Mule Deer (Odocoileus hemionus)
Saw a Black-tailed Deer in a residential area with thick tree cover, mostly pines, at 5pm. It was sunny with no wind and approximately 55 degrees Fahrenheit. The deer was entirely brown on its torso and head. A large black spot covered a majority of the deer's tail, no white was visible, which is how I differentiated it from a Mule deer.Also black tailed deer are more commonly found in wooded areas, such as this one, than Mule deer.
The deer was moving along the edge of the back yards, grazing on bushes that were used as fencing. It seemed small in comparison to an adult deer, so it seems likely that it was a juvenile. I am surprised that there weren't other deer around, since most of the time I see deer they are traveling in groups unless the deer is male. Perhaps this is a juvenile male?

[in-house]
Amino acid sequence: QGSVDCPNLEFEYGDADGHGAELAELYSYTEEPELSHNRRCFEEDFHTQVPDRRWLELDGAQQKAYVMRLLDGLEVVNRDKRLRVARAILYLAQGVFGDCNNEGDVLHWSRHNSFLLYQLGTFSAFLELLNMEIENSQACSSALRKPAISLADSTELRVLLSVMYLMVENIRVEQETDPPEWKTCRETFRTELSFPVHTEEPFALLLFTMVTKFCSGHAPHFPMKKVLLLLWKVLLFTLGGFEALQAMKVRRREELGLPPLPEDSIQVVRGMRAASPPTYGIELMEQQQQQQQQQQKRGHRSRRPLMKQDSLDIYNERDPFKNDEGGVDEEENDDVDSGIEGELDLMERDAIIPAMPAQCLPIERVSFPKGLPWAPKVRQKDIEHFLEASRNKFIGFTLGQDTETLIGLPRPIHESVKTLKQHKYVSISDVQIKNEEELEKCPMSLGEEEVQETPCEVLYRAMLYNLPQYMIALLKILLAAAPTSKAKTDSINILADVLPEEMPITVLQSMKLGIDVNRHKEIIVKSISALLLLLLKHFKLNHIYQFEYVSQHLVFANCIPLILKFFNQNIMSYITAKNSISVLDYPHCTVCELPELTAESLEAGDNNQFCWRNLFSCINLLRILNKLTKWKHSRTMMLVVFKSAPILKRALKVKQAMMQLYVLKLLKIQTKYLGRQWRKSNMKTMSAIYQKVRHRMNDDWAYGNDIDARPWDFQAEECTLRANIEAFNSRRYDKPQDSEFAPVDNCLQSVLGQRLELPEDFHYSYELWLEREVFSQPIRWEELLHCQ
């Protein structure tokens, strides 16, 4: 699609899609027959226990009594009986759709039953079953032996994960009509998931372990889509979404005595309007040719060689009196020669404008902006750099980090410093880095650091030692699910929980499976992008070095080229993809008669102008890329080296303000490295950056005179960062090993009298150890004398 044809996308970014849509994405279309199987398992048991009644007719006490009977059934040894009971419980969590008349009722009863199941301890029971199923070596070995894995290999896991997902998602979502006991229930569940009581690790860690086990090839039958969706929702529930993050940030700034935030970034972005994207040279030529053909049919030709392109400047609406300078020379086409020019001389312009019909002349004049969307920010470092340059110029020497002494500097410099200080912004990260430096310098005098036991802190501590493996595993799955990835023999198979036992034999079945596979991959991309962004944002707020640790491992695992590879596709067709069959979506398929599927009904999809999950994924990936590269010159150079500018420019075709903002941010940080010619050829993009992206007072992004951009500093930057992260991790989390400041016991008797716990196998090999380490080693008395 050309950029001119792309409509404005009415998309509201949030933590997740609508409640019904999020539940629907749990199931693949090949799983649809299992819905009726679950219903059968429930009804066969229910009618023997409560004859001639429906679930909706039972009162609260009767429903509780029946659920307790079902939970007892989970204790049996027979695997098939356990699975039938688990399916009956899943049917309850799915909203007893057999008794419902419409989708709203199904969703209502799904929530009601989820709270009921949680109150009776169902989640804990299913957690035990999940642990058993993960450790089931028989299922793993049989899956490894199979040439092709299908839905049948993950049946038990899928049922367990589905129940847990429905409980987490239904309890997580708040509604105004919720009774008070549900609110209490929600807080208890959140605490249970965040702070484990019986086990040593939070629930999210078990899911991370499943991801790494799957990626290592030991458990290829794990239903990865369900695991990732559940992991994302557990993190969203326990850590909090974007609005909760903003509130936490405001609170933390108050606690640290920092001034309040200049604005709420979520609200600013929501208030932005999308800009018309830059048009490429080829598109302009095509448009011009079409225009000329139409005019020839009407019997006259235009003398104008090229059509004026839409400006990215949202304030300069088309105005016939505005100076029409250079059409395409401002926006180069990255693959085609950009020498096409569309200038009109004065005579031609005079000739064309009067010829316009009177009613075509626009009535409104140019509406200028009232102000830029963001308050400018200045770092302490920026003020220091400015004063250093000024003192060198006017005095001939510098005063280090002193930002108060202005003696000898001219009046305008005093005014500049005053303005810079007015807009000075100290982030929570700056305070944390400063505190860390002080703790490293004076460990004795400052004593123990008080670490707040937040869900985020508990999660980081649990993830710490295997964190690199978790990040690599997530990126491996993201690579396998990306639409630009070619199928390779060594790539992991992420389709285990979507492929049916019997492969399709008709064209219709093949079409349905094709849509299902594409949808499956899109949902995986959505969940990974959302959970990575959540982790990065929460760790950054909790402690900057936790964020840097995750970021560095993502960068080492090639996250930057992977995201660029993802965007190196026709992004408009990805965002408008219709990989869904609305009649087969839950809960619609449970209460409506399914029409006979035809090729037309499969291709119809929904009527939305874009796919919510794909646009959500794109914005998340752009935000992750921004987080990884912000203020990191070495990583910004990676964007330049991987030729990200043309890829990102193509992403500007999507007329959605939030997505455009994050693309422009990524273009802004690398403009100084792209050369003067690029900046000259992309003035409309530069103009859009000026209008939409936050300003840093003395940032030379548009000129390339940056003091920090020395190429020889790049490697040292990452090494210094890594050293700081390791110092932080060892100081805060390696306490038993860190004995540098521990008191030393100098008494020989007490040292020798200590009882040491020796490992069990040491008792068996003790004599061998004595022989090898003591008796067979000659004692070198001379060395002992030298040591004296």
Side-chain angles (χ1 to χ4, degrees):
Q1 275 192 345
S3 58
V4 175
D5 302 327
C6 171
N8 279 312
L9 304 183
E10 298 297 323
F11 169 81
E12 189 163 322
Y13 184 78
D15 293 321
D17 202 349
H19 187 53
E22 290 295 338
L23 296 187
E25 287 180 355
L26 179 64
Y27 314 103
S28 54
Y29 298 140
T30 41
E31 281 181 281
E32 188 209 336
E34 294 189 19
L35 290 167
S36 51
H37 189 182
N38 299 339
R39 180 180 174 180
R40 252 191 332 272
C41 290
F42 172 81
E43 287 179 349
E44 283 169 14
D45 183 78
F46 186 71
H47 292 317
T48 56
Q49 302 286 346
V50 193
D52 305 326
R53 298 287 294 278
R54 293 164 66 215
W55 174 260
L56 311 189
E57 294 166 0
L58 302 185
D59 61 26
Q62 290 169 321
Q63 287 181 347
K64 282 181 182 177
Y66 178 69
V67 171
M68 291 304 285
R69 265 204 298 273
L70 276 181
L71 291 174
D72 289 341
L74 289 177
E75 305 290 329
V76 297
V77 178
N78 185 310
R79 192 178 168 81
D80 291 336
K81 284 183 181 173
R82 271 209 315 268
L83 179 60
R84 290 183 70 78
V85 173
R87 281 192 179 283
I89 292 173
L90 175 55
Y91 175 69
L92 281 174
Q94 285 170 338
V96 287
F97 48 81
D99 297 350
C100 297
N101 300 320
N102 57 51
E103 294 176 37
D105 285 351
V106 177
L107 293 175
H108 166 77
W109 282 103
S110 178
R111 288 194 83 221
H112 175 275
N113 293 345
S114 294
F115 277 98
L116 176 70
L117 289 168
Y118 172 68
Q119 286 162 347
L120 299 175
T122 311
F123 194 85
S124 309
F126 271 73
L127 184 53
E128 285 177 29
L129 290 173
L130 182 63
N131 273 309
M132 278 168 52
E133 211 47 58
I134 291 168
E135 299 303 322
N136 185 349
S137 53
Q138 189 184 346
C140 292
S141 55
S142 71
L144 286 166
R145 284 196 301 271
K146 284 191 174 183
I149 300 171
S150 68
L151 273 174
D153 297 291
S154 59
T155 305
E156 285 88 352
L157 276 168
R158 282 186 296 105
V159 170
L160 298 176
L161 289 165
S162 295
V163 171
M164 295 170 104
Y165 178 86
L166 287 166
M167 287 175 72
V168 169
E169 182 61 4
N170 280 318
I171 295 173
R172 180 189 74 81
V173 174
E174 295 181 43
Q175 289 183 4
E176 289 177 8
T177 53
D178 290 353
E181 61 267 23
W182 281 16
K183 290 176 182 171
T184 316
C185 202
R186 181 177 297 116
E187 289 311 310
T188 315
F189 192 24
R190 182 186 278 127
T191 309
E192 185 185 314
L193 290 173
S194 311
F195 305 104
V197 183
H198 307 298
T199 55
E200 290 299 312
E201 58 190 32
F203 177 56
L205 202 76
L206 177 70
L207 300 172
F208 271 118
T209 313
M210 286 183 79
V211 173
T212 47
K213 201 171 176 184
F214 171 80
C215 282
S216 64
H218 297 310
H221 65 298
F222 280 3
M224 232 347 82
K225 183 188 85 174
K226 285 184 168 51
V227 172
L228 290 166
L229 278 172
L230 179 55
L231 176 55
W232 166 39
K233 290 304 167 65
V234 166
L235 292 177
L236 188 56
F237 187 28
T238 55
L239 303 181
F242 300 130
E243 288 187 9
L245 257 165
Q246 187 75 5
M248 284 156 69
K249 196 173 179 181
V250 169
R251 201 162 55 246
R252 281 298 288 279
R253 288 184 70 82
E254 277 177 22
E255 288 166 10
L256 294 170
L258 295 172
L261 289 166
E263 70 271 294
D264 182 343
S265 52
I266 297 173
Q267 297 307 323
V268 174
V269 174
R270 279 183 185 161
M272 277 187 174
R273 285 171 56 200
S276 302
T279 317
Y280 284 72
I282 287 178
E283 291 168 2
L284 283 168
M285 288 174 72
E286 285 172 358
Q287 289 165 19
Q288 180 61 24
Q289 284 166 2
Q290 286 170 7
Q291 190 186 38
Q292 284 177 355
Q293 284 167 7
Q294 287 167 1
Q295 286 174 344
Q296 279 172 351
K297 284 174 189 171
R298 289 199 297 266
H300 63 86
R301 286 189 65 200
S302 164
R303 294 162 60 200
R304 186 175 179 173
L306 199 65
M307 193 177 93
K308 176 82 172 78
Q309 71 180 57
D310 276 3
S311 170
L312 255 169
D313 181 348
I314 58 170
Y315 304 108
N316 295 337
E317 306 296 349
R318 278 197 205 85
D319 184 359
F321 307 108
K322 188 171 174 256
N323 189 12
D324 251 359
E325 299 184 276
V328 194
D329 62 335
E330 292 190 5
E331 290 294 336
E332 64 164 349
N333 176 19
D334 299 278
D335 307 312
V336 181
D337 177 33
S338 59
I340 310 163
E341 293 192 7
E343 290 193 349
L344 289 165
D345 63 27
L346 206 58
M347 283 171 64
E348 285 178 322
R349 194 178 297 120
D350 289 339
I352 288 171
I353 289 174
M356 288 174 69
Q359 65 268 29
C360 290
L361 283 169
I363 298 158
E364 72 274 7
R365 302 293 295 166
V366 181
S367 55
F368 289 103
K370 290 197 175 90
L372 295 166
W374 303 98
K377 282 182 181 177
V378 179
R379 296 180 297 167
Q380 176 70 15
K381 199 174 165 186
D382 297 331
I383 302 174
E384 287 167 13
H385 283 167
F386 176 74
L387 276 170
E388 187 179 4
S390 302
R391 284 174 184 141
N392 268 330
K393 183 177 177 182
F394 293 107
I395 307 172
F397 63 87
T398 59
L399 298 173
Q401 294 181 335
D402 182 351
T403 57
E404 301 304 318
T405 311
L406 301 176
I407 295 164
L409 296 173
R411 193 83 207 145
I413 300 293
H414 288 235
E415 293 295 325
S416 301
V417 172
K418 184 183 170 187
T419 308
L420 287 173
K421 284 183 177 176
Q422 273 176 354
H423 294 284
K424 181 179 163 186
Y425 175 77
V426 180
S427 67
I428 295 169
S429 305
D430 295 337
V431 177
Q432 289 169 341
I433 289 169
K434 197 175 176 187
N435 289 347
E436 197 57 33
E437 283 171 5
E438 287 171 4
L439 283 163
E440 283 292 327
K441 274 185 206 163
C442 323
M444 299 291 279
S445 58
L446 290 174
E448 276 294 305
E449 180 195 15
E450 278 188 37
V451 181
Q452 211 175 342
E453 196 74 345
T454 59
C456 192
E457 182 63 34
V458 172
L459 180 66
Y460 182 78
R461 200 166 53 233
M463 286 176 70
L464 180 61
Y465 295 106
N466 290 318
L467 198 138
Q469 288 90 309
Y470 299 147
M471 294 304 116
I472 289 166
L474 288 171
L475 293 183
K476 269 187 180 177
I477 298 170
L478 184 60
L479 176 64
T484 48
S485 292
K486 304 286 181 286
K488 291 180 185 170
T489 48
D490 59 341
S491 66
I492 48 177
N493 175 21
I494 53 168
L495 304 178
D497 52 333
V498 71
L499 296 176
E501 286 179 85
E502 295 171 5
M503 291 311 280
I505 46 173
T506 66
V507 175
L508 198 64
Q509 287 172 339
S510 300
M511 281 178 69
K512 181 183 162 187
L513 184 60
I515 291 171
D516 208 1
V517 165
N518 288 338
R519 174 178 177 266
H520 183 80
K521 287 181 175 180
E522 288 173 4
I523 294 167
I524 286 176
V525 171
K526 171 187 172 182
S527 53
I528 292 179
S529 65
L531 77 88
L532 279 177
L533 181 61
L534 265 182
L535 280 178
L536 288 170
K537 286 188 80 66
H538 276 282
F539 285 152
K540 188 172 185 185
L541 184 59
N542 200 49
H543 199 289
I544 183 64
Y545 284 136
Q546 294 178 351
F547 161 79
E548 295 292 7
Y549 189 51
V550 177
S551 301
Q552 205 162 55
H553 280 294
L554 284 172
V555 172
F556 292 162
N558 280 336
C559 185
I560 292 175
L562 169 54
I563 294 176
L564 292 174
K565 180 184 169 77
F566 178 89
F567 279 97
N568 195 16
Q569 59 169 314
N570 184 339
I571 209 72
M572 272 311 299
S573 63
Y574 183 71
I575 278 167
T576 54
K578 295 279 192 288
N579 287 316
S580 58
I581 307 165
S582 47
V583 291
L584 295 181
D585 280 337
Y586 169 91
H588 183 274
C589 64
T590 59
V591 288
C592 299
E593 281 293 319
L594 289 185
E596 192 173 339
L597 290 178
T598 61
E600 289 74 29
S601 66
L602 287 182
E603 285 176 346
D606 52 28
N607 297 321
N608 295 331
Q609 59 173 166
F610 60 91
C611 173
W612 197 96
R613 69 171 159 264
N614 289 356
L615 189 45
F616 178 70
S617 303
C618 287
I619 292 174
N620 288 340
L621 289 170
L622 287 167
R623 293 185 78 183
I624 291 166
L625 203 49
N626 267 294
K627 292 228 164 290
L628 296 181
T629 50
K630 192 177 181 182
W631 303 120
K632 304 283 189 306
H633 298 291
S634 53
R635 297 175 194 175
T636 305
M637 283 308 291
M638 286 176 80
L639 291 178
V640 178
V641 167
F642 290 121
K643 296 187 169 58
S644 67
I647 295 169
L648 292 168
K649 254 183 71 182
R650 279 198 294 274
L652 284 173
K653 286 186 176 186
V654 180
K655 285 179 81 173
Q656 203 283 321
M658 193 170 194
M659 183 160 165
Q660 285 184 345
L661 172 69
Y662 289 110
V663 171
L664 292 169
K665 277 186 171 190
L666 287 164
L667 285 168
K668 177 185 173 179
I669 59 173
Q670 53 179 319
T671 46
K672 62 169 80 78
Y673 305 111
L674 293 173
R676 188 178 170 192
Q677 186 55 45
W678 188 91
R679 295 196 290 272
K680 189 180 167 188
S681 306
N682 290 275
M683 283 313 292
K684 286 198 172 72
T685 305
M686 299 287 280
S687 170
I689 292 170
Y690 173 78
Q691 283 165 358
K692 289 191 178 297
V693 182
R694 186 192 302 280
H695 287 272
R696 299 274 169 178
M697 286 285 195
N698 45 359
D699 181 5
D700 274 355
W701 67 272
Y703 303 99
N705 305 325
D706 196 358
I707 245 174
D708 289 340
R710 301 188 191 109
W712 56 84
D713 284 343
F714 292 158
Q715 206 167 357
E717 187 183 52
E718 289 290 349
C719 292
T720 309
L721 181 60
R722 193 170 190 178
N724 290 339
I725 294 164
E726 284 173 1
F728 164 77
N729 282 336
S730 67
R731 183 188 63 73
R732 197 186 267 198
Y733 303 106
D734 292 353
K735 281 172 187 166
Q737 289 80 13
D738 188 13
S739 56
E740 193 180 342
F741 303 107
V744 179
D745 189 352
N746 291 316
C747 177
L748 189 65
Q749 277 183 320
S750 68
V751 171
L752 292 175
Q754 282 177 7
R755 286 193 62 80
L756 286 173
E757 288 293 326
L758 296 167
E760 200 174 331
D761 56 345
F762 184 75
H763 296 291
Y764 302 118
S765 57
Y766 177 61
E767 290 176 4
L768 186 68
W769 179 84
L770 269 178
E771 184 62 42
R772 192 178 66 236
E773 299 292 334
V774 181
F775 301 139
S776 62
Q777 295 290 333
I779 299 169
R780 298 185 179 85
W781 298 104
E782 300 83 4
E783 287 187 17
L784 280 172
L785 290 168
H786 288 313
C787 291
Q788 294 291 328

Richard showed us this skeleton while walking on the trail.
The mule deer (Odocoileus hemionus) is a deer indigenous to western North America; it is named for its ears, which are large like those of the mule. There are believed to be several subspecies, including the black-tailed deer. However, some genetic studies have indicated that mule deer may have developed relatively recently through the interbreeding of white-tailed and black-tailed deer, which may have evolved from white-tailed deer thousands of years ago. Unlike the related white-tailed deer...